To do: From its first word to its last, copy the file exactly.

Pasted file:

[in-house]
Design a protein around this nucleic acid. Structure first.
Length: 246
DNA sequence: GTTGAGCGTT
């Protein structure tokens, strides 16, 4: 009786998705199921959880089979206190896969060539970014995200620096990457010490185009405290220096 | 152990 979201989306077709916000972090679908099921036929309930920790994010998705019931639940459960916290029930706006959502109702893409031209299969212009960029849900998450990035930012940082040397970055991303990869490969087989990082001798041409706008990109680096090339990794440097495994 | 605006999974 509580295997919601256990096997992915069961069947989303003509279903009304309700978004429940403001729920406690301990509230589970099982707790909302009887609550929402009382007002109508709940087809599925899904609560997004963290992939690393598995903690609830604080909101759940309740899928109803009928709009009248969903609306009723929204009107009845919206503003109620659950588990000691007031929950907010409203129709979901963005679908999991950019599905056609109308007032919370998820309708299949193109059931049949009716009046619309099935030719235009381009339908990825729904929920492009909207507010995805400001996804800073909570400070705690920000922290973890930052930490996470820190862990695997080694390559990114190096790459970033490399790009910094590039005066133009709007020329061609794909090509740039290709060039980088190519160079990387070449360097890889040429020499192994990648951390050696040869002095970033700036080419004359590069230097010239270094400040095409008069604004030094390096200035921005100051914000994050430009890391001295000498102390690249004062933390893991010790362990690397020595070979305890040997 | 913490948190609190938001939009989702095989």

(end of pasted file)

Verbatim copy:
[in-house]
Design a protein around this nucleic acid. Structure first.
Length: 246
DNA sequence: GTTGAGCGTT
């Protein structure tokens, strides 16, 4: 009786998705199921959880089979206190896969060539970014995200620096990457010490185009405290220096 | 152990 979201989306077709916000972090679908099921036929309930920790994010998705019931639940459960916290029930706006959502109702893409031209299969212009960029849900998450990035930012940082040397970055991303990869490969087989990082001798041409706008990109680096090339990794440097495994 | 605006999974 509580295997919601256990096997992915069961069947989303003509279903009304309700978004429940403001729920406690301990509230589970099982707790909302009887609550929402009382007002109508709940087809599925899904609560997004963290992939690393598995903690609830604080909101759940309740899928109803009928709009009248969903609306009723929204009107009845919206503003109620659950588990000691007031929950907010409203129709979901963005679908999991950019599905056609109308007032919370998820309708299949193109059931049949009716009046619309099935030719235009381009339908990825729904929920492009909207507010995805400001996804800073909570400070705690920000922290973890930052930490996470820190862990695997080694390559990114190096790459970033490399790009910094590039005066133009709007020329061609794909090509740039290709060039980088190519160079990387070449360097890889040429020499192994990648951390050696040869002095970033700036080419004359590069230097010239270094400040095409008069604004030094390096200035921005100051914000994050430009890391001295000498102390690249004062933390893991010790362990690397020595070979305890040997 | 913490948190609190938001939009989702095989």